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The Other One Or Why Less Is Actually Always More

September 2nd, 2017

It was pure co-incidence…

Watching television (France 2). I Went Looking For Avishai Cohen? And I found two?

Concerning the references (“the other one”, for the record, I am really not partial to that head practice…) they are just that, references, not more or less.

In this particular case I am bit confused. This is the “other” Avishai Cohen, the bass player…

In all honesty I don’t know what to say. A trio lead by a bass player rather than an pianist or any other instrumentalist it is not uncommon.

It is the music, so technical and refined beyond reason.

The drummer… “Pinzin Kinzin” is playing like… I mean is that even humanly possible? It is insane. The intensity and ride on the drums in combination with… the as always “other-side” studio production. Three people? Impossibilities. It is as upsetting as it is good, again.

And if you happen to like/live/experience the Scandinavian perspective? Then there are enough references to keep you more than happy. The music is perfect, strangely perfect, almost too perfect to be jazz. Massive brute technical force and machinelike. Is it jazz? Of course it is. It is exceptionally good jazz.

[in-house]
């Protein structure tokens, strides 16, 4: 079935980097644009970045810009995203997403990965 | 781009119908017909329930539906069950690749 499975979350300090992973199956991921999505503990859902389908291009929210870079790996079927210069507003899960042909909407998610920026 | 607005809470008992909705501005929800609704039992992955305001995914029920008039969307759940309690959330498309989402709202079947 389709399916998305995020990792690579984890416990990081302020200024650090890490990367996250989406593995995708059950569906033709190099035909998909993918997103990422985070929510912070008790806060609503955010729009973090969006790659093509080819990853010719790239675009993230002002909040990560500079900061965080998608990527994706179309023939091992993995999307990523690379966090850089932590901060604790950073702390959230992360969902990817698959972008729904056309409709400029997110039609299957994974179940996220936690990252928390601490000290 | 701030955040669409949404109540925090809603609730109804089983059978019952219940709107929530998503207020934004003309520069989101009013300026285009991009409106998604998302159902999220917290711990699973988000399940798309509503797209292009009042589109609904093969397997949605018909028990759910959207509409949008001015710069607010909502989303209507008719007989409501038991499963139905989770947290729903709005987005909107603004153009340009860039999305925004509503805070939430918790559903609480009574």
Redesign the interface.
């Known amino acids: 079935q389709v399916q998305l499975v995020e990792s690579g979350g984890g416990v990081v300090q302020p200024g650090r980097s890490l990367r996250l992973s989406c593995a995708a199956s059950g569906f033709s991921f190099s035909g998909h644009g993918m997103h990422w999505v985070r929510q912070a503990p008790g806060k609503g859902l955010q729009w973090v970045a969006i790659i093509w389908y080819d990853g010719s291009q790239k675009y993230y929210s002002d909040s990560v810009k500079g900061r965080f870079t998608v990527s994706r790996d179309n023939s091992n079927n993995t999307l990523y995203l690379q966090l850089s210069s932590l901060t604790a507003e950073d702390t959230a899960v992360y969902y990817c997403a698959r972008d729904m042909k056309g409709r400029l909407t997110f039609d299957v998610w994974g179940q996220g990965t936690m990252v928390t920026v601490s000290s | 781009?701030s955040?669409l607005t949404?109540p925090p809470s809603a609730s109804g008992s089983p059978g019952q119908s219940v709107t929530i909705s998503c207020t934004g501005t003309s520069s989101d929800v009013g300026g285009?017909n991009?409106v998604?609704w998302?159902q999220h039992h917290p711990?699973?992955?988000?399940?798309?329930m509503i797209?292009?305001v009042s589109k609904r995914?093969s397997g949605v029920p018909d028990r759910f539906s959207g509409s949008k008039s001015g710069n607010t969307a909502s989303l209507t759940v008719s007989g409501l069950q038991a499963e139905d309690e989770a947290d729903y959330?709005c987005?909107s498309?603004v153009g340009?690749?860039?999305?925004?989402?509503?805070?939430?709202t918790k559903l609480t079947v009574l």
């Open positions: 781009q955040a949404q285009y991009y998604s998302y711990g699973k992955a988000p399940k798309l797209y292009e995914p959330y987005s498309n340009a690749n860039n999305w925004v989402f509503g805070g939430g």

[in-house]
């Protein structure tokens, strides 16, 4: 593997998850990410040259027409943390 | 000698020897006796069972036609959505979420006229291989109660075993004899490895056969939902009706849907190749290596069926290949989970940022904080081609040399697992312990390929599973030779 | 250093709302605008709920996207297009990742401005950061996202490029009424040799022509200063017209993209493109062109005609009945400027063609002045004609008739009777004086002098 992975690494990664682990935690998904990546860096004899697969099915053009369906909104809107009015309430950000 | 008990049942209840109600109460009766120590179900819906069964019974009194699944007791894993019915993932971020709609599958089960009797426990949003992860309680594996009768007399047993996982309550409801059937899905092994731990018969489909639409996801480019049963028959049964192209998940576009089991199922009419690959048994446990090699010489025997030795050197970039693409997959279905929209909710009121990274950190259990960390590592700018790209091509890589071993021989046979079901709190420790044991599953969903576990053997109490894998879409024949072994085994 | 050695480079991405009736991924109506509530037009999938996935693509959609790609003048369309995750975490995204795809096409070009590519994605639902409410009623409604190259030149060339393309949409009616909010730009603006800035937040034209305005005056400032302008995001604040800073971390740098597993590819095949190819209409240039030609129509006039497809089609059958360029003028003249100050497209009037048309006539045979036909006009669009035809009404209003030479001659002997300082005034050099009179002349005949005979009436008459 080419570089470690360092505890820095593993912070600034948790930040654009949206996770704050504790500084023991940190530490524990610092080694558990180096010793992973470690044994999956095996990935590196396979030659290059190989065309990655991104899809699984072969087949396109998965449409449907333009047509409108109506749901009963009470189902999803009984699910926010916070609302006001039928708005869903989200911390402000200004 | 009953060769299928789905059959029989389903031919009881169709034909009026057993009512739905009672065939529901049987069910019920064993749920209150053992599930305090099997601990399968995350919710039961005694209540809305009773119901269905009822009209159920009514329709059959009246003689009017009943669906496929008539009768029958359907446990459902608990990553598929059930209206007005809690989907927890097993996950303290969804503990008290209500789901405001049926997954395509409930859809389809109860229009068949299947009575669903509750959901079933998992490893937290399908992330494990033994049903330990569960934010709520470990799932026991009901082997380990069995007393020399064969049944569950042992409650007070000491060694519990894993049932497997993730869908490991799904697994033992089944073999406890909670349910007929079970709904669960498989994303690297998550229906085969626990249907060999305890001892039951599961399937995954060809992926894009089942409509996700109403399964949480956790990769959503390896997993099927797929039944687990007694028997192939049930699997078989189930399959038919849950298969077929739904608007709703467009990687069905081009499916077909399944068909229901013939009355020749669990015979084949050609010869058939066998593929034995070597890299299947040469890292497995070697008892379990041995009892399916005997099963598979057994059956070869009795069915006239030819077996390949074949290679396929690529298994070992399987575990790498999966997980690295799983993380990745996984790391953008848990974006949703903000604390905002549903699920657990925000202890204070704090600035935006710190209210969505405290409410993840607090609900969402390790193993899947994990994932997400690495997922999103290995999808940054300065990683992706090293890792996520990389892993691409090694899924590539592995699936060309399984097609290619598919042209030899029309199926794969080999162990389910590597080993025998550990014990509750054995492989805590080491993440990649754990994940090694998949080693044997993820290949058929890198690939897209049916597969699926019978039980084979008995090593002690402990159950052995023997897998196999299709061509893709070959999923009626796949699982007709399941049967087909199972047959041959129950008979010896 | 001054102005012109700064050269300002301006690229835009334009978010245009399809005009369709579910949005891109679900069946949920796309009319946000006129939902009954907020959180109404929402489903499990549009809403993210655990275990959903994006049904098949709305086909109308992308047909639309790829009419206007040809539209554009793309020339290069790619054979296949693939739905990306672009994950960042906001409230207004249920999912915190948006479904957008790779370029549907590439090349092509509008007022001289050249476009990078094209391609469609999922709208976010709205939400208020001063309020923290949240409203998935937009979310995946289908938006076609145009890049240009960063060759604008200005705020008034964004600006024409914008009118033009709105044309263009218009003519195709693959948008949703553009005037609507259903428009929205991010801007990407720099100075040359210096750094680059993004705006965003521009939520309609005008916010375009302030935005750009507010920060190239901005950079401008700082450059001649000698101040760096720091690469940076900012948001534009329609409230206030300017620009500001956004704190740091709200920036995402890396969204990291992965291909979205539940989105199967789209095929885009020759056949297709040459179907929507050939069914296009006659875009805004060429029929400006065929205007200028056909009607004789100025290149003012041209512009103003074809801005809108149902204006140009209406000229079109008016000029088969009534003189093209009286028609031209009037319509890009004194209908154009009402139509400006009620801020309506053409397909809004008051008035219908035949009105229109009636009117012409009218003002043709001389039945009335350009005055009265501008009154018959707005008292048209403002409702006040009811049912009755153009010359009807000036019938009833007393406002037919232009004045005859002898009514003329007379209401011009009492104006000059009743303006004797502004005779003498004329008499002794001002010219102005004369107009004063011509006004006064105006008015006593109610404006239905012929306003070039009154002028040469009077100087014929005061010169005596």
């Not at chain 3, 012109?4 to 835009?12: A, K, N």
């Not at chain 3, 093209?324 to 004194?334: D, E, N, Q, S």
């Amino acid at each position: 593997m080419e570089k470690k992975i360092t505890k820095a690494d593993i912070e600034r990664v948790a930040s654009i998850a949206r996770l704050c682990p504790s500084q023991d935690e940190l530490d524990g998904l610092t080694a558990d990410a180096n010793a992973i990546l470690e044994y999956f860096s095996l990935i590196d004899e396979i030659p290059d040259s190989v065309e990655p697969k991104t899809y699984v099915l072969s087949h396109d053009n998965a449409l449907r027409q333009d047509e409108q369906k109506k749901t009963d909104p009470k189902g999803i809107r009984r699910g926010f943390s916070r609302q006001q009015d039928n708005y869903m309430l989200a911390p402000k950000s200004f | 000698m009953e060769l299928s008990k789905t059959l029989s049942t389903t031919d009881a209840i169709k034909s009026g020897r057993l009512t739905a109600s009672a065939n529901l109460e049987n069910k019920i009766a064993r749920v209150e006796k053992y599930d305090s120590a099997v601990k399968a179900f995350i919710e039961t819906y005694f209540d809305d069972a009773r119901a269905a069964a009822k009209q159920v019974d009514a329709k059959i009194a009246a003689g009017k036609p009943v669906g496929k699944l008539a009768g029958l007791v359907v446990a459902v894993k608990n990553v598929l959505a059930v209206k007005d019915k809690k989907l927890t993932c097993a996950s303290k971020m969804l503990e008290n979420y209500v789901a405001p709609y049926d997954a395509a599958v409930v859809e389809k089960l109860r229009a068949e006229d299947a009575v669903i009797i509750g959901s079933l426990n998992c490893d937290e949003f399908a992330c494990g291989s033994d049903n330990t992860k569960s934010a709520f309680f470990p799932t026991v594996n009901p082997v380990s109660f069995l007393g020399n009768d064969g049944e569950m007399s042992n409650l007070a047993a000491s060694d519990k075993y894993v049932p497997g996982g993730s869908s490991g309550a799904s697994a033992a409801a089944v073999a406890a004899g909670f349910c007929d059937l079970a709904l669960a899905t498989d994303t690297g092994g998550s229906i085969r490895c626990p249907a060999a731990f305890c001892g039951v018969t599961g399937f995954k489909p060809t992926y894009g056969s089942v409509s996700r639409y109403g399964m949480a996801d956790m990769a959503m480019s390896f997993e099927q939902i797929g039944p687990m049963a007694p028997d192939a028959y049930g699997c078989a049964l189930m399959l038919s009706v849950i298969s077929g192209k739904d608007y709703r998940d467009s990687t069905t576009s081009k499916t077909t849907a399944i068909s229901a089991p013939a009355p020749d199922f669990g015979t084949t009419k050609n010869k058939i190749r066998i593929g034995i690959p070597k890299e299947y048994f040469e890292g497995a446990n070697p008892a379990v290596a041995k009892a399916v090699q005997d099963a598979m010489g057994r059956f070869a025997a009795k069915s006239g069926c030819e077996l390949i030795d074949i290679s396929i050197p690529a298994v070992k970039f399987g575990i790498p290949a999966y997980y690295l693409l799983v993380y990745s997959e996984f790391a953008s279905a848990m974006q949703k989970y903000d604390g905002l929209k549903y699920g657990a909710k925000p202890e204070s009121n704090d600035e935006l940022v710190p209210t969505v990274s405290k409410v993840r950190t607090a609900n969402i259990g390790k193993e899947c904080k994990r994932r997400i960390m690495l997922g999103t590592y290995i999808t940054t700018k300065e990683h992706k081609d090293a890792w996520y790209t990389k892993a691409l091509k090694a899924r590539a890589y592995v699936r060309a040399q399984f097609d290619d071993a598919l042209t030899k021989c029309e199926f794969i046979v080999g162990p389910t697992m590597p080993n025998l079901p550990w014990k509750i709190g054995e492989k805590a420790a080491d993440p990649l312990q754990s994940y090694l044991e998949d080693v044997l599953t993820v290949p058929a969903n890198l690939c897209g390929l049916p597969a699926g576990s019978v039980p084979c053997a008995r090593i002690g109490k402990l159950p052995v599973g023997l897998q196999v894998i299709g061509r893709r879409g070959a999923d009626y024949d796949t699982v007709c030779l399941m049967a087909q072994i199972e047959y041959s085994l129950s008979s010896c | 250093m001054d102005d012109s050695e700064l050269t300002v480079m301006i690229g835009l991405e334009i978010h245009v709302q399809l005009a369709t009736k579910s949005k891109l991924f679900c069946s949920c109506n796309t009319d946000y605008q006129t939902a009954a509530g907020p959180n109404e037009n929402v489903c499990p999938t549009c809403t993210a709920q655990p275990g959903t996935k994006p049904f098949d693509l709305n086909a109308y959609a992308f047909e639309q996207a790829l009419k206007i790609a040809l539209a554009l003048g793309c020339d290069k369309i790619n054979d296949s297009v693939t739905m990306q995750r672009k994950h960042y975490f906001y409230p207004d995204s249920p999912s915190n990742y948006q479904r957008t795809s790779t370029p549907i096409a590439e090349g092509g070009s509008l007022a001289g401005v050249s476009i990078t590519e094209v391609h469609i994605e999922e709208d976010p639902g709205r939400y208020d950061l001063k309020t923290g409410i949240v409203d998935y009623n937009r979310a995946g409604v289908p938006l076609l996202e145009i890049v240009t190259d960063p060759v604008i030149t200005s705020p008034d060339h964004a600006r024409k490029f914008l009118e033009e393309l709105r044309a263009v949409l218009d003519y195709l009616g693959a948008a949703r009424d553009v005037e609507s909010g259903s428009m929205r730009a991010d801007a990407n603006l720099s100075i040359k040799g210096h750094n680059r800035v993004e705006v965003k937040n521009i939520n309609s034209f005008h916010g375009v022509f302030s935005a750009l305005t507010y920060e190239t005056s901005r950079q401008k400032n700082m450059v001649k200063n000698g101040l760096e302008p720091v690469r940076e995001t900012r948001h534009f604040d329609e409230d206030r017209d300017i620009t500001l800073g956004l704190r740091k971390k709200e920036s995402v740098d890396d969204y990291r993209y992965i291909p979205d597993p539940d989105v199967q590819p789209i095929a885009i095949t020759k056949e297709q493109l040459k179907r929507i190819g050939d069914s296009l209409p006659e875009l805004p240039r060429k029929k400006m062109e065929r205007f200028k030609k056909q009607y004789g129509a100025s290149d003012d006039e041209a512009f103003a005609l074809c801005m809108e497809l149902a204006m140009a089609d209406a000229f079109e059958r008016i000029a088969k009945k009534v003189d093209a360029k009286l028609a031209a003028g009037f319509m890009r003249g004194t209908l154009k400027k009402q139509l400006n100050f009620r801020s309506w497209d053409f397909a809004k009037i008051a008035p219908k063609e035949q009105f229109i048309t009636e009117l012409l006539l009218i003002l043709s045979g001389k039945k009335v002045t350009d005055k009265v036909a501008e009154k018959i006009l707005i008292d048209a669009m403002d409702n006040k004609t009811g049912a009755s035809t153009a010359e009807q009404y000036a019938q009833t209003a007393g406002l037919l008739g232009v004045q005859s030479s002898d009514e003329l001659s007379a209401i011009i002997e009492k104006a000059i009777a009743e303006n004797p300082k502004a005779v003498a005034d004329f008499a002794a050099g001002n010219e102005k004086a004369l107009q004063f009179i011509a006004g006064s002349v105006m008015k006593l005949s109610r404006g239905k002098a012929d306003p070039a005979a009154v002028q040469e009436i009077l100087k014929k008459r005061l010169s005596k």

As indicated in earlier posts this is/was actually a complete random event. I heard one of them, I looked for one of then “Avishai Cohen” and I found two? The whole thing is bizarre.

I do know this. There is nothing in this World that beats a tight jazz trio. No way and never (that would be the “Less is more” part in the heading).

It is always as brilliant, so many decades later. My father used to say that “Le tam-tam” will always reveal. That is a somehat differetn context. Let the bass lead and stack the complexity on top. And you are free to stack as much complexity on top as you feel is needed.

Example/question? “Pinzin Kinzin”, again the drums on that thing? Are you familiar with the overstretch concept? This is that very same thing or in any event very similar.

Wow, that is no joke bizzniz right here. 35 consecutive plays later? The tempo shifts? I mean… have some mercy upon my ancient non-existing soul. And then directly after follow “Puncha Puncha” and “Eleven Wives” sensory overload and complete shutdown (the mixing of the drums on “Eleven Wives”? Is that even legal?).

To top it all off. The album is called “Gently Disturbed”… I mean come on, give me a break? Just 1 (one)?

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